Russia’s subversive information and influence operations in Eastern and Central Europe aimed at undermining democratic processes have been replicated by the UAE in Egypt, Libya, Syria and Yemen. In Egypt, Abu Dhabi was instrumental in mobilizing a counterrevolution around the Tamarod movement, creating a pretext for strongman Sisi to stage a coup in 2013. In Libya, the UAE appears to have financed Russia’s shadowy mercenary force Wagner Group, which was meant to help Emirati-sponsored strongman Haftar to topple the UN-backed government in Tripoli. In Syria, Abu Dhabi has spearheaded a strategy of normalization with Assad, politically undermining the US Caesar Sanctions against a Kremlin-backed authoritarian regime.

Joint meddling in the West

But the united front between Russia and the UAE for authoritarian stability does not stop there. Moscow’s and Abu Dhabi’s influence and information networks jointly exploit alt and far-right fears of migration and Islam in the West as well. The UAE provided loans to France’s far-right party National Front in 2014 who also received financial support from Russia. Emirati lobbying in Brussels targets predominately the Eurosceptic far-right who have a natural affinity with Russia which the Kremlin cultivates in parallel.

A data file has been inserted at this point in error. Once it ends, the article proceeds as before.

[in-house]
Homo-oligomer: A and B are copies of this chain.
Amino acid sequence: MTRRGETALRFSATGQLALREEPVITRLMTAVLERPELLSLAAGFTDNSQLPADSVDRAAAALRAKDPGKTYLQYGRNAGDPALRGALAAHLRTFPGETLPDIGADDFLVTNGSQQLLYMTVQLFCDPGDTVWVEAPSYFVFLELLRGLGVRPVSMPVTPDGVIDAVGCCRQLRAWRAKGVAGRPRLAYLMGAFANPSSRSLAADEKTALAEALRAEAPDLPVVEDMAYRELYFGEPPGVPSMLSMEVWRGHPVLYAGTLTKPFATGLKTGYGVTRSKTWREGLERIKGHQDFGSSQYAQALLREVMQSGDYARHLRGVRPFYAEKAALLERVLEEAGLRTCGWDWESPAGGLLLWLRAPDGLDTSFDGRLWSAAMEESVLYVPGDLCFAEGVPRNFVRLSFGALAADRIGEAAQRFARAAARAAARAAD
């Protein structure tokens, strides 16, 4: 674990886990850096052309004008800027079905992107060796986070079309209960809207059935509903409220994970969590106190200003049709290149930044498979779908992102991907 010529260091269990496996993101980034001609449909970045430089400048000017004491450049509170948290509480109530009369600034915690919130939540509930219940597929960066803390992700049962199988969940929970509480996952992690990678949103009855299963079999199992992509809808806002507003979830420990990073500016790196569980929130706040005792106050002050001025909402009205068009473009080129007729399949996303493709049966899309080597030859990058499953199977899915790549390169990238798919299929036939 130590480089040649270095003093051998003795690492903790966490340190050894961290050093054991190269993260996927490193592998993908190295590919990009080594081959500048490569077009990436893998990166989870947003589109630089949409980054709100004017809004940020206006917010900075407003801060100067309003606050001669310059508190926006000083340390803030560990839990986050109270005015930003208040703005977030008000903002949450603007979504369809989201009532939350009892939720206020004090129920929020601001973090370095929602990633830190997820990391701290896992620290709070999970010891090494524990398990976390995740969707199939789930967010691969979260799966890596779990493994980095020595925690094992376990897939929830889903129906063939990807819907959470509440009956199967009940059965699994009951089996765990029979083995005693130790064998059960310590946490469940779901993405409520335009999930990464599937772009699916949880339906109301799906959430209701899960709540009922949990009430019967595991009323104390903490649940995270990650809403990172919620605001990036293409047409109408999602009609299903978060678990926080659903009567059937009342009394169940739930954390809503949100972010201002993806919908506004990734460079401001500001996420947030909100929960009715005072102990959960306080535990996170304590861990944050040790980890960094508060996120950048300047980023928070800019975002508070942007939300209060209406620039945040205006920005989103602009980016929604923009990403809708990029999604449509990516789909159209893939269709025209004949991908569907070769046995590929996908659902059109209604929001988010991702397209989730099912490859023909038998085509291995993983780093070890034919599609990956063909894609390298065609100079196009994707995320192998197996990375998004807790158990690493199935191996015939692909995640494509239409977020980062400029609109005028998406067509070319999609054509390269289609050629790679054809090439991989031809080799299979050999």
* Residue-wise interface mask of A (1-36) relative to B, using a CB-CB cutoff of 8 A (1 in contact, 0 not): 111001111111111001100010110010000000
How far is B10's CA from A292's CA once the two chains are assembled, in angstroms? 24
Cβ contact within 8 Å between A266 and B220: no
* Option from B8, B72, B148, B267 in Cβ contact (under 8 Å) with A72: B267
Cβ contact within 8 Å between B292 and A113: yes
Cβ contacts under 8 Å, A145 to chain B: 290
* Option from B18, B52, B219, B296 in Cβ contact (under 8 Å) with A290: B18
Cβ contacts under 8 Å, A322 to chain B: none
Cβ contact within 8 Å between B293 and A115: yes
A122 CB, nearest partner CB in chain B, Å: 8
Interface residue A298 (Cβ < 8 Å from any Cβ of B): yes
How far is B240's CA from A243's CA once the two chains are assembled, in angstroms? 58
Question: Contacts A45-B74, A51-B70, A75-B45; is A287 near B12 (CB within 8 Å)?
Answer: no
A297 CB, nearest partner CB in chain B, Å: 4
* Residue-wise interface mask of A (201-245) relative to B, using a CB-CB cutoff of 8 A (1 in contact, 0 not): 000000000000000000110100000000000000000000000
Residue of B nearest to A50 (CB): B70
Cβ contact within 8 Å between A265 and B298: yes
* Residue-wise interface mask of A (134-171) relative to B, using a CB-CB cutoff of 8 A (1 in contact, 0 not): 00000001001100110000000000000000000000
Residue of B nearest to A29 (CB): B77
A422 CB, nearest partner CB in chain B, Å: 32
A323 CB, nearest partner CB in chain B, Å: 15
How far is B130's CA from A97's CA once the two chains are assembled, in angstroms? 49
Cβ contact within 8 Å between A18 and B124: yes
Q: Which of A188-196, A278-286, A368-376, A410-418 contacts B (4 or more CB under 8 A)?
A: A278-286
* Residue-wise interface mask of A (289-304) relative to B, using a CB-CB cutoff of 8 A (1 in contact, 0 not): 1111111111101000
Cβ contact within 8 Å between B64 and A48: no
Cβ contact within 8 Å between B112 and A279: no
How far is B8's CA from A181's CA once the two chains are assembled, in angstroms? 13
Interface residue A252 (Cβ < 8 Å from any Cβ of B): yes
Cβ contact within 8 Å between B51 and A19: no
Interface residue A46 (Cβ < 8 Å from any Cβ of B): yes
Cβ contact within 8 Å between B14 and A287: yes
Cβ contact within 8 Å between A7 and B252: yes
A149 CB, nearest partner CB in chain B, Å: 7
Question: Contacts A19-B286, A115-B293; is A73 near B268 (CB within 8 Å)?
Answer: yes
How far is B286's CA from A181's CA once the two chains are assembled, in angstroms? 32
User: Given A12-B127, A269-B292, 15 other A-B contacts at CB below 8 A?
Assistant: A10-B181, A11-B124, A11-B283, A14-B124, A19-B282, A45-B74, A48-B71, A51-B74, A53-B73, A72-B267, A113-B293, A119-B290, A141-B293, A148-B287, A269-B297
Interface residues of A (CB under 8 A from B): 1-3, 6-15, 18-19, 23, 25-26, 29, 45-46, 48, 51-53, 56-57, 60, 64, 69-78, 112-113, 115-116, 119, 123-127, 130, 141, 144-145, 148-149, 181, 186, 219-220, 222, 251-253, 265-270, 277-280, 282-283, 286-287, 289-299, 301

The most consequential pooling of information power between Moscow and Abu Dhabi might have been the joint courting of US President-elect Trump in 2016 and 2017. Russian meddling in the US presidential election aside, the UAE had tried to setup a backchannel between the incoming Trump administration and Russia during a now infamous meeting on the Seychelles. The personal involvement of UAE strongman Mohammad bin Zayed (MbZ) subjected the quasi-leader of the Emirates to the Mueller investigation making him a bit of a pariah who has since avoided entering the United States.

Towards an alternative authoritarian order

As western partners of the Emirates are desperately trying to stabilize the crumbling liberal order amid the Russian onslaught on Ukraine, Abu Dhabi is likely going to further undermine it. The assertive small state has been punching above its weight over the past decade also empowered by the rising East, with Russia and China both seeing the UAE as the key partner in a looming Cold War. Ideologically, the neo-authoritarians of the East are the more likely partner for Abu Dhabi as their support comes with few strings attached and avoid any liberal conditionality.